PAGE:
There is a long list of challenges that many technology businesses come across within their lifecycle. These include, scaling up, raising funds, proving concepts, maintaining leading market products or even planning a shareholder’s exit strategy. With many hoops to jump through, often the full impact of these financial statements is not realised.
On the surface financial performance can often look worse than the reality, this is due to the limitations imposed by accounting standards regarding what can and cannot be listed in financial statements.
Selecting the most appropriate accounting policies is often the responsibly of those managing a business. These policies outline how income, assets, liabilities and expenditure are presented in the accounts. Ultimately this presentation can influence those reviewing the documentation.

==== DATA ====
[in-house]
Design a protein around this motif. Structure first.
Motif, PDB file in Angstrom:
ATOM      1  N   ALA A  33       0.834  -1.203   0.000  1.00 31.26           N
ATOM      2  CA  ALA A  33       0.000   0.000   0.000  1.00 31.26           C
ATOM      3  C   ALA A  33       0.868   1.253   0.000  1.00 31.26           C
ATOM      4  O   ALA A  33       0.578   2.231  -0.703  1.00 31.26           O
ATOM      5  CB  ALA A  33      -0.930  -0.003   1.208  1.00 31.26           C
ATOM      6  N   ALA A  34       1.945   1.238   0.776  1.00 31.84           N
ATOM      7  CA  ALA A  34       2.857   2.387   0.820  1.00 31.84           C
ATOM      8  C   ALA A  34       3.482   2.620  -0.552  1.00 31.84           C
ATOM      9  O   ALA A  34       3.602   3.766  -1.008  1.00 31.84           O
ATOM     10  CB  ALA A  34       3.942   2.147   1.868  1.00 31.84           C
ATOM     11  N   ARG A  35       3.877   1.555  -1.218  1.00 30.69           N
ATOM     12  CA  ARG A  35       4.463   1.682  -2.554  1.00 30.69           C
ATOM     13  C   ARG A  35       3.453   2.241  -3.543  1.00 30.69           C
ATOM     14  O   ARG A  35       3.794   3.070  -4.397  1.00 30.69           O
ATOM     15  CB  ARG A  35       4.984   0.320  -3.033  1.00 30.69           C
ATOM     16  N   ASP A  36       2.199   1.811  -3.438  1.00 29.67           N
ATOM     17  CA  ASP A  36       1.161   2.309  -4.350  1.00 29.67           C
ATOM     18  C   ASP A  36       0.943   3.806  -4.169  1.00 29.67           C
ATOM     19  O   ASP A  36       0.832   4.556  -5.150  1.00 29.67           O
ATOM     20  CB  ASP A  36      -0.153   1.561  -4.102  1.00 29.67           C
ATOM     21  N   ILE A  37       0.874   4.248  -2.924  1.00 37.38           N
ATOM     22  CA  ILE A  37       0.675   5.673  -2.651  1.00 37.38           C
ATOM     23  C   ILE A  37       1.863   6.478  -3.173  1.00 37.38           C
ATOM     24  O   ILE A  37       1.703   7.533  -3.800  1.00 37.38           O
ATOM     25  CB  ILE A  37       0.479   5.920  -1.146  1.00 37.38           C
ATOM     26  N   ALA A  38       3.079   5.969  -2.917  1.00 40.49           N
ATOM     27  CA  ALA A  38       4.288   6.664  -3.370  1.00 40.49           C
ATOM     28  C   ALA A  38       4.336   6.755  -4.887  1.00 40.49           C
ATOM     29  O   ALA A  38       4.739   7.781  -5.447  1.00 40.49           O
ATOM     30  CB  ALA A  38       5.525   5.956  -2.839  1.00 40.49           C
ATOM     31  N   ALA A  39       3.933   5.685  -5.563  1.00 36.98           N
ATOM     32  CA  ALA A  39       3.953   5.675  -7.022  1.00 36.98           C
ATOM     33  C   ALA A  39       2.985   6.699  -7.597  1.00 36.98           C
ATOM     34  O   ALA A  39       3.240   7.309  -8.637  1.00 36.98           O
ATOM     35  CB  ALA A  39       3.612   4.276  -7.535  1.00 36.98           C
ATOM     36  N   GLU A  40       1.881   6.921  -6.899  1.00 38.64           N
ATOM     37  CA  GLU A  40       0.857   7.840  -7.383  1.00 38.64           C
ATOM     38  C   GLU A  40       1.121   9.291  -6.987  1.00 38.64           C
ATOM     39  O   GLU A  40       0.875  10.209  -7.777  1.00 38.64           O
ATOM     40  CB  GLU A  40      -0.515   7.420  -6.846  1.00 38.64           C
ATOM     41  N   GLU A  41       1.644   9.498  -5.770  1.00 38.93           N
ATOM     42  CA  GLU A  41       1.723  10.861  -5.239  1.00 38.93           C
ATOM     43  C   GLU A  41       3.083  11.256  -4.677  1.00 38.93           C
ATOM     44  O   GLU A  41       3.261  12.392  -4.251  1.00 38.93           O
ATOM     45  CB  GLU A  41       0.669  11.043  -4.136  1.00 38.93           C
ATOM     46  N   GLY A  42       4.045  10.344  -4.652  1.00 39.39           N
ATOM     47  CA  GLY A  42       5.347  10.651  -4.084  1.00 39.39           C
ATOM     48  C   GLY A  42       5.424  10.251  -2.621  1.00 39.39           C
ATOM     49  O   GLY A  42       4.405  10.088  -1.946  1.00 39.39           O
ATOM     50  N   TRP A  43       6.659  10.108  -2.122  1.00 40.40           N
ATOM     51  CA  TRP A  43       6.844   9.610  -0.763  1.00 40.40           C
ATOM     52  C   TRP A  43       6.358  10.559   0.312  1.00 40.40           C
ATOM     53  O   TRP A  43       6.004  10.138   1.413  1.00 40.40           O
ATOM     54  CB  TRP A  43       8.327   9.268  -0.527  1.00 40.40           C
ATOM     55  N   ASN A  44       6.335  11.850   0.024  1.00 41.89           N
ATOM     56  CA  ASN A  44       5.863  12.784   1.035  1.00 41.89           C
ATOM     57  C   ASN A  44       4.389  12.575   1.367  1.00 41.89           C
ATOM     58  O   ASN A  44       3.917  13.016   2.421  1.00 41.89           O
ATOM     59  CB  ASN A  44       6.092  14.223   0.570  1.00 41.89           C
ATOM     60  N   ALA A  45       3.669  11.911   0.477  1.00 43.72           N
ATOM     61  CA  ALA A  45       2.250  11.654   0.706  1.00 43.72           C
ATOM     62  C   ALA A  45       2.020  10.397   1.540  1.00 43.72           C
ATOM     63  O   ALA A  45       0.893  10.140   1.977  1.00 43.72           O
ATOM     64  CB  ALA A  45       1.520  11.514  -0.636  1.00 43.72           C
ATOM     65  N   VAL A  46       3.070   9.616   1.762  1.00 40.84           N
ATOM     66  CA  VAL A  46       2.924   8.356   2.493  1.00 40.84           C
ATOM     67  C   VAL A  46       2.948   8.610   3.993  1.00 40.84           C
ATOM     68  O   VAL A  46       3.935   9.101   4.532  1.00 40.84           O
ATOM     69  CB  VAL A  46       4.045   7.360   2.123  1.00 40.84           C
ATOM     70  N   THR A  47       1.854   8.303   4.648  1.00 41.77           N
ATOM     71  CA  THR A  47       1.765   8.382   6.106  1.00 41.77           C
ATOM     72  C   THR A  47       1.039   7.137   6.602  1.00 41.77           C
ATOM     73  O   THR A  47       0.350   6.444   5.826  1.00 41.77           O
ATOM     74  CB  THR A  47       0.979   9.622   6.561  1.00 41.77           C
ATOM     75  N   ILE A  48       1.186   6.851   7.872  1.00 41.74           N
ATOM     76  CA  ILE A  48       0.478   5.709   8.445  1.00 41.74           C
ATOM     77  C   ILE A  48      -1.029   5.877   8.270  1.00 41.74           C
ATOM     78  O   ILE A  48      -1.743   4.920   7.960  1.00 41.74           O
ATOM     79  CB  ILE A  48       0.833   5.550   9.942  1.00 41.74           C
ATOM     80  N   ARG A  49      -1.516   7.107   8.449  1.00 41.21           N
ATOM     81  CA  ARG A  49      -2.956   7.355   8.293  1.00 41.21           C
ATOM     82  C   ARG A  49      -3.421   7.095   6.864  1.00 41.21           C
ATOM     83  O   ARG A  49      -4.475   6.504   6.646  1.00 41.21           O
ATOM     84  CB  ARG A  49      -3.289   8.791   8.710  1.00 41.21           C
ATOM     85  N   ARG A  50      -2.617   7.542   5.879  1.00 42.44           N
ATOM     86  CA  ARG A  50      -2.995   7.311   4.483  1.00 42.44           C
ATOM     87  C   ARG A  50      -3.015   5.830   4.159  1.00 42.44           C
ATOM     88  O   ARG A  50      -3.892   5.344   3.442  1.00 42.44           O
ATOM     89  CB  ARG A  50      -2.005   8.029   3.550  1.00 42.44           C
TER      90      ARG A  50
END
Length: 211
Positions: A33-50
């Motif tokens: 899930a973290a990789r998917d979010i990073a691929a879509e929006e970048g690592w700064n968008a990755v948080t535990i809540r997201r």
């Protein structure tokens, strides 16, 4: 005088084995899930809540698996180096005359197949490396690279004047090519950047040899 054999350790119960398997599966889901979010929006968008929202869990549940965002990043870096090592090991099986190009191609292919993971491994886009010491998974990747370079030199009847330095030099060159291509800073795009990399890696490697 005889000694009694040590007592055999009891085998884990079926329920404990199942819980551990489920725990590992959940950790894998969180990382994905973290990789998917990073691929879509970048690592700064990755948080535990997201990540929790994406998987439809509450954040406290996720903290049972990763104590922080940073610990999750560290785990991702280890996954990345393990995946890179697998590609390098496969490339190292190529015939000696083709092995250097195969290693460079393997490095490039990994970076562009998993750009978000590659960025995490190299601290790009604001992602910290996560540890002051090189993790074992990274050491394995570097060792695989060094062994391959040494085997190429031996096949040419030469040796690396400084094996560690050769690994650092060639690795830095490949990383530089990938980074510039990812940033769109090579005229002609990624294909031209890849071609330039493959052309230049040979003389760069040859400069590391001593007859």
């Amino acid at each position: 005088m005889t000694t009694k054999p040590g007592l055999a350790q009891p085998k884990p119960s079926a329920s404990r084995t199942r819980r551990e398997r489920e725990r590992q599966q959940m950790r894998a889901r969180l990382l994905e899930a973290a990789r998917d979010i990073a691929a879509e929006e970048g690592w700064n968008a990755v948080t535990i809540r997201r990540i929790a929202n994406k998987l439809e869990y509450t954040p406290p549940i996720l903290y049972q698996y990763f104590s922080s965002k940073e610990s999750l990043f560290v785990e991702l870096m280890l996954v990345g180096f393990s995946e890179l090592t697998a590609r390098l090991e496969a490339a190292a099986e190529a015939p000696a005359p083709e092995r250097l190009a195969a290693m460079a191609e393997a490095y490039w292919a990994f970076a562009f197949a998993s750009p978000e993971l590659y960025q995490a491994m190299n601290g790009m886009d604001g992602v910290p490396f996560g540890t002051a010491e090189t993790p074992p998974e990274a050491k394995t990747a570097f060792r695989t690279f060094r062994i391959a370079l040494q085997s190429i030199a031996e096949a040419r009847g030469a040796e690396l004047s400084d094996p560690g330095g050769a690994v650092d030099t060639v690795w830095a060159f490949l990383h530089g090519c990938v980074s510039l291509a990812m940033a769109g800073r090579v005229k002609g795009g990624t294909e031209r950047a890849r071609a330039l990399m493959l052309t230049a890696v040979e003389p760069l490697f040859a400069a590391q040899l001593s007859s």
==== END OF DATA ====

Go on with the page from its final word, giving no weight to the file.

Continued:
Making sure these policies are given the appropriate consideration is key to ensure businesses have the best chance of achieving their aspirations and goals in the short, medium and long term.
Below are the key areas to review along with alternatives which could have a more positive impact on the reported financials:
Balance sheet values
Technology businesses who invest heavily in new product development can suffer from poor balance sheet values where the investment outweighs the income being generated. Small businesses where the financial statements on public record do not contain the Income Statement (Profit and Loss account), can give an impression of poor performance and financial instability even if this is not the case.